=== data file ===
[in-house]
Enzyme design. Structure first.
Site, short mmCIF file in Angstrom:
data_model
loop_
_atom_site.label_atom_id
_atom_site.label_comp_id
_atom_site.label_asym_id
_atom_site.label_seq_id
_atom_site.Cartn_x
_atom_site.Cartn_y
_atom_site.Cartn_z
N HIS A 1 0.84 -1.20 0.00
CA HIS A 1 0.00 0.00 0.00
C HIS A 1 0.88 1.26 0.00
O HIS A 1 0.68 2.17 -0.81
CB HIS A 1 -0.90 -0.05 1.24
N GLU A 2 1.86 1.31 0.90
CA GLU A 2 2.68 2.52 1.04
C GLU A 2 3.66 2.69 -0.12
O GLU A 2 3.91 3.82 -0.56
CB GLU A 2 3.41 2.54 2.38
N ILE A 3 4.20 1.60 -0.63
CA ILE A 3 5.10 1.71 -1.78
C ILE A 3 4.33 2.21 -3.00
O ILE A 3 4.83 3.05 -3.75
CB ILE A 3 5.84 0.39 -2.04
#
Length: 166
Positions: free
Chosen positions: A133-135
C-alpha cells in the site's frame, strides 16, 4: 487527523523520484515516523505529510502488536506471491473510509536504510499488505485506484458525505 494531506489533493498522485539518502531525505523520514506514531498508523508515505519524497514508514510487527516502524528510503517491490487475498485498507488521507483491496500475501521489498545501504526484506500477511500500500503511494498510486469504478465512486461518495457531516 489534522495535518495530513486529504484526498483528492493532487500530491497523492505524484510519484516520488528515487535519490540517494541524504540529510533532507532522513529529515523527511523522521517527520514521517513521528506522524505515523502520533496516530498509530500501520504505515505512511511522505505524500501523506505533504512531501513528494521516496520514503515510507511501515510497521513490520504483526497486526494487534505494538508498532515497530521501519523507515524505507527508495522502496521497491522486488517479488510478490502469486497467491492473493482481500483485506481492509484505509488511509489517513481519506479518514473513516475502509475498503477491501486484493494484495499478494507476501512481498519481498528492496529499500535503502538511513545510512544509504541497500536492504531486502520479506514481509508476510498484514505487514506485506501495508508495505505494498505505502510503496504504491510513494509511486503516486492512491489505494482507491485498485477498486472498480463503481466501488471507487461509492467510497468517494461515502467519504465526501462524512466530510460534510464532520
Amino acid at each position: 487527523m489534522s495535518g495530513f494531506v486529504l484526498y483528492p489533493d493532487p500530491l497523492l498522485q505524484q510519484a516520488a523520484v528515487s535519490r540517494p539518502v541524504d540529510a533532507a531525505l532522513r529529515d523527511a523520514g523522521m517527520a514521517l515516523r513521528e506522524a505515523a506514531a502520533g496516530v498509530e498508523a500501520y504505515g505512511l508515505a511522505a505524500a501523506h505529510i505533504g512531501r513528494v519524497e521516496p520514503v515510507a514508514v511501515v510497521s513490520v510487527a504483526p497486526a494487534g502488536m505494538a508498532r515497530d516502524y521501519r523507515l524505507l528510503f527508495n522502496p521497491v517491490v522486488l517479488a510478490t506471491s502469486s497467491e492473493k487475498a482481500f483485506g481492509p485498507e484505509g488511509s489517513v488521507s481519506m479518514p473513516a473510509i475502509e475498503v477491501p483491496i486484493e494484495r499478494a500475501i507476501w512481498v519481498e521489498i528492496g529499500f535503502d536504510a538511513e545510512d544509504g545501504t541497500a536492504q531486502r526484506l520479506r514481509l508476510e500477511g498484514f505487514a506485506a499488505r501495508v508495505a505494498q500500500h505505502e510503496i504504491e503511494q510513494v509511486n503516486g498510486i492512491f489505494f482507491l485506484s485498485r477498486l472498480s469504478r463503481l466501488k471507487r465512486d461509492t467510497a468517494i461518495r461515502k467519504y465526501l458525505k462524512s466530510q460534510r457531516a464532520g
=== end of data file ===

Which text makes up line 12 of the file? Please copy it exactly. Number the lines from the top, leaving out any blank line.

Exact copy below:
_atom_site.Cartn_z